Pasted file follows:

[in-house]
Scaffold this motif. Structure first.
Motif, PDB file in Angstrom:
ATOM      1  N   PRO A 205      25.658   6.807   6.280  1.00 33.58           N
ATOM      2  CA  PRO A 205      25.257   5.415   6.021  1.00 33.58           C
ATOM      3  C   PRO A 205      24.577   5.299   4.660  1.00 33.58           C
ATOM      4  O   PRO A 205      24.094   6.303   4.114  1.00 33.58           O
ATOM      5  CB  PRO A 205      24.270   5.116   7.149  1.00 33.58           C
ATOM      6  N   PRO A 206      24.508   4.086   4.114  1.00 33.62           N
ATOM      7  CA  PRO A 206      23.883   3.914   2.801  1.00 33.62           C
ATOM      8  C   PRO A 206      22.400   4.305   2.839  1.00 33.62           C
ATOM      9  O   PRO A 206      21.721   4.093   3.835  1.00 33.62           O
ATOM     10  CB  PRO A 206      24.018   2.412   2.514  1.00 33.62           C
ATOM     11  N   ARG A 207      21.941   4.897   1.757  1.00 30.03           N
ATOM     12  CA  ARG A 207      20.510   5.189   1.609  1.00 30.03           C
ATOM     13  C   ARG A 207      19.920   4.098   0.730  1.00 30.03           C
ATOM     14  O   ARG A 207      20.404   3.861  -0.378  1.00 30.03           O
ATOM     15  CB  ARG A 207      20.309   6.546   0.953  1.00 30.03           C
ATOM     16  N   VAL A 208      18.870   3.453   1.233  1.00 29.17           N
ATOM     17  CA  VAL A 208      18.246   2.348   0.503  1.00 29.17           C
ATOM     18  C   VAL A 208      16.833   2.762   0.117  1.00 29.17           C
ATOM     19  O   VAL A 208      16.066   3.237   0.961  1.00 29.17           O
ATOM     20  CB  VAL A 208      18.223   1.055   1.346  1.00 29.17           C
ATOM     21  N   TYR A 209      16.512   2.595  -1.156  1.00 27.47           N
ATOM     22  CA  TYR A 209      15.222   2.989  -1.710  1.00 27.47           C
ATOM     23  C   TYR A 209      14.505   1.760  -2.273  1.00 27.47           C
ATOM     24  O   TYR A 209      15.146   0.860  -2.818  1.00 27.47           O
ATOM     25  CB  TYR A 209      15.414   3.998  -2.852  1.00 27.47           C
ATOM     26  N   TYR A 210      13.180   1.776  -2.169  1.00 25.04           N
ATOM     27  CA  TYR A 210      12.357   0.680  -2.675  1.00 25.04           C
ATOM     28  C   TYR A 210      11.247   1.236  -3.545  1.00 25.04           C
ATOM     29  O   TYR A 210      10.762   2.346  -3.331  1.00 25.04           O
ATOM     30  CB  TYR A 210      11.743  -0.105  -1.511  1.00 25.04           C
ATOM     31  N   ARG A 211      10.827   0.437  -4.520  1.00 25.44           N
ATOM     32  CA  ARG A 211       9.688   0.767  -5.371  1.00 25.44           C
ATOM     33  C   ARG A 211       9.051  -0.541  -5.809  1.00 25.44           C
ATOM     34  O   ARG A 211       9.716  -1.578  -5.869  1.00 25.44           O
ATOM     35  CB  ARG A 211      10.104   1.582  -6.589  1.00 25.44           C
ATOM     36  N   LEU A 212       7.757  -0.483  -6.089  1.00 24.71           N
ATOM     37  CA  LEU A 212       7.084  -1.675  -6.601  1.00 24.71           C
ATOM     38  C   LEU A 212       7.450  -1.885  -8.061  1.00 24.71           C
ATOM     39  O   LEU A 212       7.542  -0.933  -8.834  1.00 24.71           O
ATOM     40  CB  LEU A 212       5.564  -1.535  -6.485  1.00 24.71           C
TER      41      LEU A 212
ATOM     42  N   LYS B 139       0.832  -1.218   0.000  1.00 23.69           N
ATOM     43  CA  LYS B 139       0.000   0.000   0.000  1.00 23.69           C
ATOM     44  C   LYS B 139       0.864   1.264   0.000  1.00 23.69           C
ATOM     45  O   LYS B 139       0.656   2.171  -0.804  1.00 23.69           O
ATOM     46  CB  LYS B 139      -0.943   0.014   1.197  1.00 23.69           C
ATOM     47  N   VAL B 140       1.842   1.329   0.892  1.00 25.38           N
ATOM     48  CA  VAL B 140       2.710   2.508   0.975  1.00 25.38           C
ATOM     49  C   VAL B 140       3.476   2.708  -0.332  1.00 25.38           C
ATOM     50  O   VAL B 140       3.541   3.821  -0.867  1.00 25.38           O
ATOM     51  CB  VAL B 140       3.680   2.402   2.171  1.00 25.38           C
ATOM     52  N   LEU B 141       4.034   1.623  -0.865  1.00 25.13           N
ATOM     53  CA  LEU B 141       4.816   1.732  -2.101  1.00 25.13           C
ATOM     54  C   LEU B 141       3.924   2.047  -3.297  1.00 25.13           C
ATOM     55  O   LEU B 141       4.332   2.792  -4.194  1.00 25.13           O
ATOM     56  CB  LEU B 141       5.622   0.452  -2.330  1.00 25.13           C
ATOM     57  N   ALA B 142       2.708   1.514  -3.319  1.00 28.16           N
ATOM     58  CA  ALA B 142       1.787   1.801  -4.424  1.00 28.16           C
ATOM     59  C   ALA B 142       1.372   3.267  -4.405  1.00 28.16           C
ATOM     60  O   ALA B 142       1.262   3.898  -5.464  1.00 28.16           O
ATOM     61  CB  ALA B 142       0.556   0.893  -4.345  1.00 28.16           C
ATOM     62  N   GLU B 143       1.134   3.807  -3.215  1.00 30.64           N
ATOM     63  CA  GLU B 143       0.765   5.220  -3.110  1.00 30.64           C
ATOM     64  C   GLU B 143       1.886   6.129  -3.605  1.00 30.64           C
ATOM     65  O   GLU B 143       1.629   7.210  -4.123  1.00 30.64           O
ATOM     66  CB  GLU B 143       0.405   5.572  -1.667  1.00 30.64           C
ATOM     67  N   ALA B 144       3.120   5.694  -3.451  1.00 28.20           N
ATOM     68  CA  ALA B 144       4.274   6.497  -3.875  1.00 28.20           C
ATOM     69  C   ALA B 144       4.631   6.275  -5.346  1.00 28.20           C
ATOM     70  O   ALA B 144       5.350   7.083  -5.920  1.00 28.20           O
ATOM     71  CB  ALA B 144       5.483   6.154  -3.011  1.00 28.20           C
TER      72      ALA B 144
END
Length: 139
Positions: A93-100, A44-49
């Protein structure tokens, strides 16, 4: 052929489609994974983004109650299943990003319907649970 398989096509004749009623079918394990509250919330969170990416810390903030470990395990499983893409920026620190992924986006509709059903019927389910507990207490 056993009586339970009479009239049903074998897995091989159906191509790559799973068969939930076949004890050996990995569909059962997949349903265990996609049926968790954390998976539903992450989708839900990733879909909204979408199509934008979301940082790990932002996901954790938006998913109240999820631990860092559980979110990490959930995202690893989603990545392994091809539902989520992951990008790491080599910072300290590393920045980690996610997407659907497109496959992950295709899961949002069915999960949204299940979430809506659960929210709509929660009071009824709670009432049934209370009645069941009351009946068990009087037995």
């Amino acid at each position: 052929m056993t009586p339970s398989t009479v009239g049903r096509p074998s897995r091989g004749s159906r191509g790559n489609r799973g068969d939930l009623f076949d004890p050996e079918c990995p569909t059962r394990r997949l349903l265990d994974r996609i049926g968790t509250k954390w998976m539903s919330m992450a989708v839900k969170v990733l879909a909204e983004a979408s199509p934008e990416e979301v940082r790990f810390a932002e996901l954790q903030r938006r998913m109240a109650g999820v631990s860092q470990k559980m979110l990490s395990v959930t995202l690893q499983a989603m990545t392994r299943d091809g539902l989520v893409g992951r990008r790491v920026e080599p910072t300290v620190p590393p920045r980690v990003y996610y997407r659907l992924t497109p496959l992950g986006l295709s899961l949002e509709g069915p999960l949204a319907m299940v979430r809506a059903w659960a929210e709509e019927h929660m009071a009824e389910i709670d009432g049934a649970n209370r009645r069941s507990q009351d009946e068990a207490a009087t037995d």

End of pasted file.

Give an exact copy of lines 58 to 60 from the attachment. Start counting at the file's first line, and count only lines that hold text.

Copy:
ATOM     55  O   LEU B 141       4.332   2.792  -4.194  1.00 25.13           O
ATOM     56  CB  LEU B 141       5.622   0.452  -2.330  1.00 25.13           C
ATOM     57  N   ALA B 142       2.708   1.514  -3.319  1.00 28.16           N